IBM leads the world in database products. From DB2 to IBM Open Platform, database administrators and other database professionals have a wide range of products from which to choose. IBM offers a range of certifications such as Database Associate, System Administrator, Database Administrator, Application Developer, and others.

    DB2 is an intermediate certification that focuses on some of the more routine administration duties and basic SQL. The creation of database objects, databases, server management, security, monitoring, and availability are also covered.

  • Microsoft SQL Server

    This certification has a wide range of tools and add-ons a DBA may find useful. These include data-driven applications, business intelligence tools, and data warehousing. The company has taken steps to change its certification program to be role-centric, focusing more on the roles a DBA fills and what they need to be successful in a specific technology job. This is a major change from its former technology-based focus.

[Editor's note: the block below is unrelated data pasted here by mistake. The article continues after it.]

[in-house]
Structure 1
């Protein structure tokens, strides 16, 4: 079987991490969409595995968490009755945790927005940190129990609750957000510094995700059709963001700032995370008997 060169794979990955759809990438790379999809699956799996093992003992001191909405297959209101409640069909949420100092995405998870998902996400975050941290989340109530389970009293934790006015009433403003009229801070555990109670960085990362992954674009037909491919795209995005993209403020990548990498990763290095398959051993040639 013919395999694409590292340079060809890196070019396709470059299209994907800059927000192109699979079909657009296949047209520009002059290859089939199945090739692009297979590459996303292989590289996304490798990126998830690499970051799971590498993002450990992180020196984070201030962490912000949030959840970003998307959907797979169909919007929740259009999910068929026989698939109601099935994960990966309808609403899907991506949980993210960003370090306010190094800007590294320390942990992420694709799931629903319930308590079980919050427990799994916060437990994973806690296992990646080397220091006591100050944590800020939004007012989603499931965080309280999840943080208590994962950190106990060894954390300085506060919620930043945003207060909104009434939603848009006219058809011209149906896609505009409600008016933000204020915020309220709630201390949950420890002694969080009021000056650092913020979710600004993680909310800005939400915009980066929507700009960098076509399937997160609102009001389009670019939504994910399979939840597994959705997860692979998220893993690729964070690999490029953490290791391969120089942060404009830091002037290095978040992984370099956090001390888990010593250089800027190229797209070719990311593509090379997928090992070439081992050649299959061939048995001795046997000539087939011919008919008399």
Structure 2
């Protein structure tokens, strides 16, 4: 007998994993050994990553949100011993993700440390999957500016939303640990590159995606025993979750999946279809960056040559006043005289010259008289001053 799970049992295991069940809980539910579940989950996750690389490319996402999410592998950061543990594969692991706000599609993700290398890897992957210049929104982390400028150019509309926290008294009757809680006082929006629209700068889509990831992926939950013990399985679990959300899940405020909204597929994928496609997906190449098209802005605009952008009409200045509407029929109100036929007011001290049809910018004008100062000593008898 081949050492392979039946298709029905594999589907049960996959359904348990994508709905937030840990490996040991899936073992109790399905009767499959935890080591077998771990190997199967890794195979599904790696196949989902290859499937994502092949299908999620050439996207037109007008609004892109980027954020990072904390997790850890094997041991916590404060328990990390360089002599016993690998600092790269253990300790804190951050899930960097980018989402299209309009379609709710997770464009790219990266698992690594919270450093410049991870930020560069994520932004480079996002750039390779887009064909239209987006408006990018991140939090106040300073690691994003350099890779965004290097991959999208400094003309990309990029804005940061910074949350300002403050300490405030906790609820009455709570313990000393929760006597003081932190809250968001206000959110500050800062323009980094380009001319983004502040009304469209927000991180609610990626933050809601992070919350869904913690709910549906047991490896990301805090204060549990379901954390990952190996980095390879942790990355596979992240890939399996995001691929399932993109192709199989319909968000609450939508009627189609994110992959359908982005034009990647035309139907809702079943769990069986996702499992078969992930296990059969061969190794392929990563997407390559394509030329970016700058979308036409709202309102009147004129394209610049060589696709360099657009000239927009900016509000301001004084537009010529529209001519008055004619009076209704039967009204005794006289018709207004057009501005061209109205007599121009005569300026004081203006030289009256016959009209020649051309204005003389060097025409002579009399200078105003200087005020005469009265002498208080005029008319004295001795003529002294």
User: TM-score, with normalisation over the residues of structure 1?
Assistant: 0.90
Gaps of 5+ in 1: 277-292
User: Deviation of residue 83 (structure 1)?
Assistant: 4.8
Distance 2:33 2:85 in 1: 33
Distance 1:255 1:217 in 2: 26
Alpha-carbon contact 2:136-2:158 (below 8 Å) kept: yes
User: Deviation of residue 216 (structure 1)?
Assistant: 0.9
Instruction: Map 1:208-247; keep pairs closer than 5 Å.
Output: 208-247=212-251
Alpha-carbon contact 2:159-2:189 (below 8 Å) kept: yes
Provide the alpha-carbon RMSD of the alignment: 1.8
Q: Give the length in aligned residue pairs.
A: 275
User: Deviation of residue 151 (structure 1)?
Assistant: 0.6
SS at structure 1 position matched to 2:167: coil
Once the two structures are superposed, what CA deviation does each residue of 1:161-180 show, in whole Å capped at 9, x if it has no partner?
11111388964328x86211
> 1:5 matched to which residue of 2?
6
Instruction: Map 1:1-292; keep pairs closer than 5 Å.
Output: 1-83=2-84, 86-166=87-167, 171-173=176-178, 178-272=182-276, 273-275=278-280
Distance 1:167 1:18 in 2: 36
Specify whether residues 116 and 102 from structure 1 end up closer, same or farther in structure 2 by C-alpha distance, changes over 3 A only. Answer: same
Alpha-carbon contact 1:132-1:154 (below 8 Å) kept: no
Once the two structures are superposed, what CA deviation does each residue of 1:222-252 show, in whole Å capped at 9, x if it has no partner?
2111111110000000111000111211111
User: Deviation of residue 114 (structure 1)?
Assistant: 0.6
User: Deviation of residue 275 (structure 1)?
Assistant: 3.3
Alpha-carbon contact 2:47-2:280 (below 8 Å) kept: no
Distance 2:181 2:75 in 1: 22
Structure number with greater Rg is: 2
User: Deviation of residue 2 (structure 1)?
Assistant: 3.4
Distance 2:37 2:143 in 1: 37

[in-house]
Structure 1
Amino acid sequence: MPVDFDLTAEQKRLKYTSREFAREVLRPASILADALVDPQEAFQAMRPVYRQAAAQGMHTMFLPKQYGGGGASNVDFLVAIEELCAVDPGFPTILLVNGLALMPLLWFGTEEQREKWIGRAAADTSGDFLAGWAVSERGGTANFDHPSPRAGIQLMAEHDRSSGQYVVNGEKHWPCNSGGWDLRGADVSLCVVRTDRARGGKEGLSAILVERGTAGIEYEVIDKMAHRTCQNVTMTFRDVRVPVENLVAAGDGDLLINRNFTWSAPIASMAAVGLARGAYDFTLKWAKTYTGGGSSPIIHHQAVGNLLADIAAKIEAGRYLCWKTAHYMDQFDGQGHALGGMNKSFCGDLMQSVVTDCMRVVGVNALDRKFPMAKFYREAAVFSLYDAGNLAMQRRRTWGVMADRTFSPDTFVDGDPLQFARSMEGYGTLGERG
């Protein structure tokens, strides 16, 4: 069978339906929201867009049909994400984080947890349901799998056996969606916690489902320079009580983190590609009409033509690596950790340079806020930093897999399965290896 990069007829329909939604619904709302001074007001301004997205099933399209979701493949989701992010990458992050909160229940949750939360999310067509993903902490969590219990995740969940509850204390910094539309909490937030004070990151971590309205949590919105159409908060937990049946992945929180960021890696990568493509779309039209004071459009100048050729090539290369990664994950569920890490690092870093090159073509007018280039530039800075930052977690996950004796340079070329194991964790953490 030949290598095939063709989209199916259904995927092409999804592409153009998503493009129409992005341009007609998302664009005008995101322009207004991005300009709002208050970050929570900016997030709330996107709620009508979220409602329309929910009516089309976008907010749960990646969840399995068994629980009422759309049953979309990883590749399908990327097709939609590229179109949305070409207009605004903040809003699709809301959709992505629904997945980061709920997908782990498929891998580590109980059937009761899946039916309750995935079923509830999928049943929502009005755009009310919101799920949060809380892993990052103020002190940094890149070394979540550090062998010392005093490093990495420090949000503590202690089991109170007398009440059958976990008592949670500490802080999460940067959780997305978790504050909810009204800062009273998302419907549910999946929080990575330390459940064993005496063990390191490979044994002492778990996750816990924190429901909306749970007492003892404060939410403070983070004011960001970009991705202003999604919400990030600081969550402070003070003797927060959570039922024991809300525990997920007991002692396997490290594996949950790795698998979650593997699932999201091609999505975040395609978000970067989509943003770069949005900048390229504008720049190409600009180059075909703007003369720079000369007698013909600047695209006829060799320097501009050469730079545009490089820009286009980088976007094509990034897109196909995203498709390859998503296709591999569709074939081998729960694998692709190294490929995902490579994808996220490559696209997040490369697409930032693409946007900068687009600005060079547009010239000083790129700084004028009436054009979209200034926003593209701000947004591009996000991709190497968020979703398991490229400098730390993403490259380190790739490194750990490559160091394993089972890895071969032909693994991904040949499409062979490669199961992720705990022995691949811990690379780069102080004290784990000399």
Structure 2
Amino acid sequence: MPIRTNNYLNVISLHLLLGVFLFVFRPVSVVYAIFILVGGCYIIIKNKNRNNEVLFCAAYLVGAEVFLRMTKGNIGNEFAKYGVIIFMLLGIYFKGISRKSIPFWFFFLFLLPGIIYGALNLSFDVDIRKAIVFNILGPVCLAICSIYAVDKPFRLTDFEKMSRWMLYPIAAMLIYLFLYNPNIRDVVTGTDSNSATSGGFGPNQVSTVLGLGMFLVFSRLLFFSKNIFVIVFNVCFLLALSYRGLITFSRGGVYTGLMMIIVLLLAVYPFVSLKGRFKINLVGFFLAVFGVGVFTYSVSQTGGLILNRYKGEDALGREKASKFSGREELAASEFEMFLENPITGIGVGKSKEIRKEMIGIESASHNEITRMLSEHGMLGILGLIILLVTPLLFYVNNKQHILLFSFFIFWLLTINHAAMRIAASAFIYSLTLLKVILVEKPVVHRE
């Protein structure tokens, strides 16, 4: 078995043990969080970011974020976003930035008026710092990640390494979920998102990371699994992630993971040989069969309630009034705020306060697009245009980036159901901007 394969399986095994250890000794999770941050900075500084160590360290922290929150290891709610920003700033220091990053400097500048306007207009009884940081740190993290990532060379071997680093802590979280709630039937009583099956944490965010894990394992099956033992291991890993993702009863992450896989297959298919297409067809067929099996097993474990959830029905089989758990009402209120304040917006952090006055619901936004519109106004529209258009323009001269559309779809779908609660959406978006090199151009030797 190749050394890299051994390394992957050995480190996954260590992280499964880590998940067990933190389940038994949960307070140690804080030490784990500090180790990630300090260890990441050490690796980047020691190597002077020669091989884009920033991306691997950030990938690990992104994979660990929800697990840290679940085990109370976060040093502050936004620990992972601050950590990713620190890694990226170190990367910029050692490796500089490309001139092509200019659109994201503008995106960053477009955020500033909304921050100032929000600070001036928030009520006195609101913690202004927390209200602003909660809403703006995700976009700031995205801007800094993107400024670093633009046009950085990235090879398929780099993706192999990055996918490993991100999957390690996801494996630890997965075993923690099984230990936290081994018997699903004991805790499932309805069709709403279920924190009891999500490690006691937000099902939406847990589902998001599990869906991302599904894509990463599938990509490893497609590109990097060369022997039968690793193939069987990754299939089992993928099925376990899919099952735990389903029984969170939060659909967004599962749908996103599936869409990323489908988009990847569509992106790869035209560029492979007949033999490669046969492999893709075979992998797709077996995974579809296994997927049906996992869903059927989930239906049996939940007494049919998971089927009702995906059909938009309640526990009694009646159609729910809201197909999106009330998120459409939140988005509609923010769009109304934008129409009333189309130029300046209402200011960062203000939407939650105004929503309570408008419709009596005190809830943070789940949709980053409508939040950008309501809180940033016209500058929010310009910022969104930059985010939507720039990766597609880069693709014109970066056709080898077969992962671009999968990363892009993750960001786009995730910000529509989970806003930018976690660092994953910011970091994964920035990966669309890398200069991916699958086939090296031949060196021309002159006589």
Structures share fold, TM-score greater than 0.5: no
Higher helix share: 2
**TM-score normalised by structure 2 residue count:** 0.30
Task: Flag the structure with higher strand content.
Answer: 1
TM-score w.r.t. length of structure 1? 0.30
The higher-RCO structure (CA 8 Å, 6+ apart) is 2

Four certification tracks are available: Developers, Solution Architects, Administrators, and Functional Consultants.

  • Oracle Certified Associate — Oracle 9i Database Administrator

    This certification blends training, testing, and experience to ensure that professionals have a strong grounding and expertise in Oracle 9i Database techniques. These include performance tuning, backup and recovery, and administration.

  • Microsoft Certified Database Administrator

    By taking this certification and exam, DBAs are able to show their ability to design, implement, and manage Microsoft SQL Server 2000 databases. Professionals who earn this certification demonstrate to employers and customers that they are able to effectively lead in this field. The certification also provides them with the option of upgrading their certification to support Microsoft SQL Server 2005 should circumstances require it.